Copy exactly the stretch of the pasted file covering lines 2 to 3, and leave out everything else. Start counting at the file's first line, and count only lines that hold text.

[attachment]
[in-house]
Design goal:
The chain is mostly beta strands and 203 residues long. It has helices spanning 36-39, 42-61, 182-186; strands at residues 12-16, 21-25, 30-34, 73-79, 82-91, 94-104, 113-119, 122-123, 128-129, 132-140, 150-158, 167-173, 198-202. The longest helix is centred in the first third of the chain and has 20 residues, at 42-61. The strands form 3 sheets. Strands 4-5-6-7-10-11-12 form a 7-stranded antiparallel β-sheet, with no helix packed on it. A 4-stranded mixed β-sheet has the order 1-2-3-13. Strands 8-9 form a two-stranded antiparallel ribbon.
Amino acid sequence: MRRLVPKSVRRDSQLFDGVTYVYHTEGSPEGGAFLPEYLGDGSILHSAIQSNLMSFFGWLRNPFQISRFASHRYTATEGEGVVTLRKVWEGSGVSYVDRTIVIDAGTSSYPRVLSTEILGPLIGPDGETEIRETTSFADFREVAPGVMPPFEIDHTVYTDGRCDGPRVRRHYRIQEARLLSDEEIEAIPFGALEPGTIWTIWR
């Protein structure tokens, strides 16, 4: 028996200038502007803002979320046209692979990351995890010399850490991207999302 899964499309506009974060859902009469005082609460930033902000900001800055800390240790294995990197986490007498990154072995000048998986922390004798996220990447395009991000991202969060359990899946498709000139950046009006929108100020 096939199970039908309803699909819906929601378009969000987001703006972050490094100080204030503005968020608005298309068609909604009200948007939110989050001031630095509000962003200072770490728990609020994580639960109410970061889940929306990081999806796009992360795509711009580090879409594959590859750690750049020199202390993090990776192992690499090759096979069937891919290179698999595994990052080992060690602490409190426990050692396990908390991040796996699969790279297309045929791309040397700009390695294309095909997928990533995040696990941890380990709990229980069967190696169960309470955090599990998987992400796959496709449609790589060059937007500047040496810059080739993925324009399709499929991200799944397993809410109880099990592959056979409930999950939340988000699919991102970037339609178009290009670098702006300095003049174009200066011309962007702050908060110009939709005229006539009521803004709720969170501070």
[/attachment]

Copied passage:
Design goal:
The chain is mostly beta strands and 203 residues long. It has helices spanning 36-39, 42-61, 182-186; strands at residues 12-16, 21-25, 30-34, 73-79, 82-91, 94-104, 113-119, 122-123, 128-129, 132-140, 150-158, 167-173, 198-202. The longest helix is centred in the first third of the chain and has 20 residues, at 42-61. The strands form 3 sheets. Strands 4-5-6-7-10-11-12 form a 7-stranded antiparallel β-sheet, with no helix packed on it. A 4-stranded mixed β-sheet has the order 1-2-3-13. Strands 8-9 form a two-stranded antiparallel ribbon.